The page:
Rwanda: Exports grew by 58.8 percent in third quarter

Rwanda's exports grew by 58.8 percent in the third quarter of 2021 driven by factors including rising commodity prices, good…

Rwanda’s exports grew by 58.8 percent in the third quarter of 2021 driven by factors including rising commodity prices, good performance of domestic manufacturing activities as well as blossoming horticulture, an official report indicated Sunday.During the quarterly Monetary Policy Committee meeting of the Central Bank whose mission is to assess economic trends and ideal approaches to maintain economic stability, it was noted that in the third quarter, exports grew by 58.8 percent compared to the same period last year with growth in traditional exports by 43.1 percent (coffee, tea, minerals) and 47.5% growth in non-traditional exports (manufactured products and horticulture).

Imports into Rwanda grew by 12.7 percent which was largely driven by increased cost of oil prices by about 75 percent. 

 Imports of intermediate goods used in manufacturing grew by 7 percent.

Crude oil prices have been rising steeply globally to surpass pre-covid-19 levels by about 69.5 percent and are expected to exert pressure on Rwanda’s inflation which is currently quite low at 0.6 percent from about 0.7 percent recorded in the second quarter of 2021.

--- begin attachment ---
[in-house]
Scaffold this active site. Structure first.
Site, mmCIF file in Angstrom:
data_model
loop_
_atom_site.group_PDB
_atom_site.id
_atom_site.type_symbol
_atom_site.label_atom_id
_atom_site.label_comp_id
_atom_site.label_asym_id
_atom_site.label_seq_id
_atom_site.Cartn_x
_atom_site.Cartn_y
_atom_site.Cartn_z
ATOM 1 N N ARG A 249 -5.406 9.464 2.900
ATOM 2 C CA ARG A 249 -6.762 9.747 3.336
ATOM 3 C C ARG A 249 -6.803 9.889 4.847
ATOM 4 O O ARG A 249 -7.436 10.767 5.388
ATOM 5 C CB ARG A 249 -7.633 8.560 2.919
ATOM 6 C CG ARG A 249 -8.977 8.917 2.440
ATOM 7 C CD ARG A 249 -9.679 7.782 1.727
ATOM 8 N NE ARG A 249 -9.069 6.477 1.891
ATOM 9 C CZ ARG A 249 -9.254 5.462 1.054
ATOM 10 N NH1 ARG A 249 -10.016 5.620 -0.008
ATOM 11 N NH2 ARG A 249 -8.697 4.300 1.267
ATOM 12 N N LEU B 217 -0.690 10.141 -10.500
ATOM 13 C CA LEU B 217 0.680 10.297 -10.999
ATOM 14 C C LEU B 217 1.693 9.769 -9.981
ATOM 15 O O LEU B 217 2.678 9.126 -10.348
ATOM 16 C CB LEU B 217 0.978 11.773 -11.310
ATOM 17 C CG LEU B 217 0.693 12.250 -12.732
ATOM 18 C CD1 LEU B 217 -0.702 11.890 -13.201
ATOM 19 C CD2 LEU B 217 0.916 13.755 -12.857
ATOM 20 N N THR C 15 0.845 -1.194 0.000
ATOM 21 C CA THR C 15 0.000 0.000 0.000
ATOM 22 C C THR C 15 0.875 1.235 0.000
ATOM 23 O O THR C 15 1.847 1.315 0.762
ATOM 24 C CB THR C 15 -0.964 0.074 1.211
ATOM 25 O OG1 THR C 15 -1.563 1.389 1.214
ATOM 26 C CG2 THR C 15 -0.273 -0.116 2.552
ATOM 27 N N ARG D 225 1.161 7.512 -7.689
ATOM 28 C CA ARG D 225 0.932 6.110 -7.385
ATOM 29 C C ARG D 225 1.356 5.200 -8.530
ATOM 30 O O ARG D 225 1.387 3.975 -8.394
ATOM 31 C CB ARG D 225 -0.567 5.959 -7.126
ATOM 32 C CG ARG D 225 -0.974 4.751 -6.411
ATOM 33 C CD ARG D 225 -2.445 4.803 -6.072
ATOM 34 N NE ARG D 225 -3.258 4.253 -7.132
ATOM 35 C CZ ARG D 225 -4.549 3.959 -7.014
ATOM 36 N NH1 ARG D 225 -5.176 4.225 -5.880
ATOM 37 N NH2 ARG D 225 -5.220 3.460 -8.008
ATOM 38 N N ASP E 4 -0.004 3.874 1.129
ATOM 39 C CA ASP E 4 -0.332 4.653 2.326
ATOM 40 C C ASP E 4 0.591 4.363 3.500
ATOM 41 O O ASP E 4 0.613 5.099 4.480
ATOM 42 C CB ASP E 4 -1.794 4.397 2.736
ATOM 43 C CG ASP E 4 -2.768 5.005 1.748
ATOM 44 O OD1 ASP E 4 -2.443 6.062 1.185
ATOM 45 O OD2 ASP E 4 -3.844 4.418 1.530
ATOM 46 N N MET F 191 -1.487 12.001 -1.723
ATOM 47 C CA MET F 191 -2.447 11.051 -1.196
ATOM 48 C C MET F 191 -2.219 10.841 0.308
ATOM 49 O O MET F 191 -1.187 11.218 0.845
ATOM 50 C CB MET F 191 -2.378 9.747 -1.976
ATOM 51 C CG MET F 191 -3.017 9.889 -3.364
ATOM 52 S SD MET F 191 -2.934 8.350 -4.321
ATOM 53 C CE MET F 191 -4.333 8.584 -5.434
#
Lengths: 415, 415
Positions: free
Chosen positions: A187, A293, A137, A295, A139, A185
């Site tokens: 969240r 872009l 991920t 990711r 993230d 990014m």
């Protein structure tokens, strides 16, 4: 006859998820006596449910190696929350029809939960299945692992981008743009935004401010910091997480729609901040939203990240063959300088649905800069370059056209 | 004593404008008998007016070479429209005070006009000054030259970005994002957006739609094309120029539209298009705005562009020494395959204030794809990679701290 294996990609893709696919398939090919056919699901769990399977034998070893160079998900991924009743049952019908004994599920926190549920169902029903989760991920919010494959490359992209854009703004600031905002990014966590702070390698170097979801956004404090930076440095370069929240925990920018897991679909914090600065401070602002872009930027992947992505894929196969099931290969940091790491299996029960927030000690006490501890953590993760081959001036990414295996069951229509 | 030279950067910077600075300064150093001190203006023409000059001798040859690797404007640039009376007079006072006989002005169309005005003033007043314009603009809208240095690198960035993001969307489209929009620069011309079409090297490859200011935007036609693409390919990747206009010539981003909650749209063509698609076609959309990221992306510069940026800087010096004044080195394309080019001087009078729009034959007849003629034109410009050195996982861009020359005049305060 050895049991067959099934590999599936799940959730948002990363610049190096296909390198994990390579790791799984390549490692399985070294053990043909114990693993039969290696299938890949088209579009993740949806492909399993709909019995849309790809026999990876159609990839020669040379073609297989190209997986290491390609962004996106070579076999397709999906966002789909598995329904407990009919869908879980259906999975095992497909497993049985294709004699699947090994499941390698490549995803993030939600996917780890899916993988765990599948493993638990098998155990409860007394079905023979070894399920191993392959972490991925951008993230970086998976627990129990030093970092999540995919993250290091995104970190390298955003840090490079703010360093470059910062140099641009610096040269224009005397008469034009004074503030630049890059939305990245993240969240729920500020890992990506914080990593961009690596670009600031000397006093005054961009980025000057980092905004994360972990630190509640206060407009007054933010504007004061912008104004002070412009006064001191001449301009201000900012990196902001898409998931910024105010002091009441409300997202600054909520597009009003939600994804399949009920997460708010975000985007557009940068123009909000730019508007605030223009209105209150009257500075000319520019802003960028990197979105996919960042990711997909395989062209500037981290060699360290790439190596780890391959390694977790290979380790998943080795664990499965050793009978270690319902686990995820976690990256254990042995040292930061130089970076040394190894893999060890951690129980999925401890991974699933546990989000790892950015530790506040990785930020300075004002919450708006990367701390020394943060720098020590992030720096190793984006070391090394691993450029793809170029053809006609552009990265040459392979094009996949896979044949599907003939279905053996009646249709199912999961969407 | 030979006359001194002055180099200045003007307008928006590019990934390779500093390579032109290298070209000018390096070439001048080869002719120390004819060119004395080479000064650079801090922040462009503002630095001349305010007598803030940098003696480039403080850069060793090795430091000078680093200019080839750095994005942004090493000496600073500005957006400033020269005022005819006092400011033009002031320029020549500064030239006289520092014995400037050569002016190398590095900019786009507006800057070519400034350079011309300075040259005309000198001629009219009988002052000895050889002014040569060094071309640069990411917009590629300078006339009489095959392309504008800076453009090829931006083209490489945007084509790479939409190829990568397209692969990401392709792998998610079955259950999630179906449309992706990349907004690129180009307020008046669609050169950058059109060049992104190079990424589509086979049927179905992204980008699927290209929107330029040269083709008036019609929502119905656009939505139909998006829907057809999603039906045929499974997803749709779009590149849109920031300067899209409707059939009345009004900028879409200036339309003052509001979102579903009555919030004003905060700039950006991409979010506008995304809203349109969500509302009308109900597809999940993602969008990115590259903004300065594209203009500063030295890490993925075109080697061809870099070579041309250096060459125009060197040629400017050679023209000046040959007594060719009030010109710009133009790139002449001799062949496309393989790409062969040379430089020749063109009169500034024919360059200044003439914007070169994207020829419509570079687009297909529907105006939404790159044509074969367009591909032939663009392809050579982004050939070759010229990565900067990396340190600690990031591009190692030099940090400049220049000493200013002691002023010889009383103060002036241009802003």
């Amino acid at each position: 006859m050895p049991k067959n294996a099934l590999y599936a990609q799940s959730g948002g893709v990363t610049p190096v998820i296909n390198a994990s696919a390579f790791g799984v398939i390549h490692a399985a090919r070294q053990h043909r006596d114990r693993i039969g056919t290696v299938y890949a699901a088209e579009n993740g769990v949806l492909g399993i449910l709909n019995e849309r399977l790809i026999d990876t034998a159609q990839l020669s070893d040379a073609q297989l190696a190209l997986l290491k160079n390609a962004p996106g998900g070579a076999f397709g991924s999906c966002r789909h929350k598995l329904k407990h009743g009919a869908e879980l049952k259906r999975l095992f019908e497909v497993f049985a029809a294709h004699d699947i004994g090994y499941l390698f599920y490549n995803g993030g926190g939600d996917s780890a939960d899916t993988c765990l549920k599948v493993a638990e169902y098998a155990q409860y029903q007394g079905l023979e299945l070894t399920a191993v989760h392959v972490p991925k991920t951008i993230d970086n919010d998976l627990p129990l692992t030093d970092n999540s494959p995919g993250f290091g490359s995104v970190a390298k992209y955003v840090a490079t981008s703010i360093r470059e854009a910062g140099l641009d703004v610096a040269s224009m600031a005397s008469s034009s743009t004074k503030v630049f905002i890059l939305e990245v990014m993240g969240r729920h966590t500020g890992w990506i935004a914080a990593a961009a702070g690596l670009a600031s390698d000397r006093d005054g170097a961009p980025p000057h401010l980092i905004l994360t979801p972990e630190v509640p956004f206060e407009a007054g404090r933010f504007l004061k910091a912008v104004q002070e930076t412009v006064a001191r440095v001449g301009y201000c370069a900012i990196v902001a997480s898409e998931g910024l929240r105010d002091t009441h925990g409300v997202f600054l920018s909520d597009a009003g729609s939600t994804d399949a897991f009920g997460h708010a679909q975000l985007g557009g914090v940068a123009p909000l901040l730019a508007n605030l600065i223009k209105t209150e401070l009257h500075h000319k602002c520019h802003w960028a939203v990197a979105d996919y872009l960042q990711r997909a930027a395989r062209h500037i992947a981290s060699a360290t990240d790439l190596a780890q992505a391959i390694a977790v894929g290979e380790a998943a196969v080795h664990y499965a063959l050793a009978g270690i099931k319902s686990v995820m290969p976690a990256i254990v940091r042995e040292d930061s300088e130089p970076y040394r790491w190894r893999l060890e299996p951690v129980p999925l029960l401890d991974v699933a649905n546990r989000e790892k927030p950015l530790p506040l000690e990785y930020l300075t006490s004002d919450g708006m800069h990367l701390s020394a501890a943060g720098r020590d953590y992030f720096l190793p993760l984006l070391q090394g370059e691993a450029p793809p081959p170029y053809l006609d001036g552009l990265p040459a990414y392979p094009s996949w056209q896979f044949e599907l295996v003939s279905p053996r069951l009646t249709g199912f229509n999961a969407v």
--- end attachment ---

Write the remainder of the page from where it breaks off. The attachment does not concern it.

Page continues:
Thierry Kalisa, the Chief Economist at the Central Bank noted that fuel prices are further expected to rise in the coming months but said with the current low base of inflation, it is projected to end the year at 0.7 percent and 5.4 percent in 2022.

“We know it is going to increase and can expect that it will increase up to about the second  half of next year. Inflation is currently low, this will put pressure on our import component, it will influence inflation in 2022, that is how it gets to 5.4 percent in 2022,” he said.

With fuel prices increasing globally to surpass pre-covid-19 levels, the government in October adjusted its fuel subsidy intervention to cushion Rwandan consumers against increased cost of living.

With that, diesel prices remained unchanged at Rwf 1054 per litre while those for petrol rose to Rwf 1143 per litre from Rwf1,088.

Soraya Hakuziyaremye, the Deputy Governor of the Central Bank noted that subsidies had played a huge role in keeping inflation low to allow economic recovery.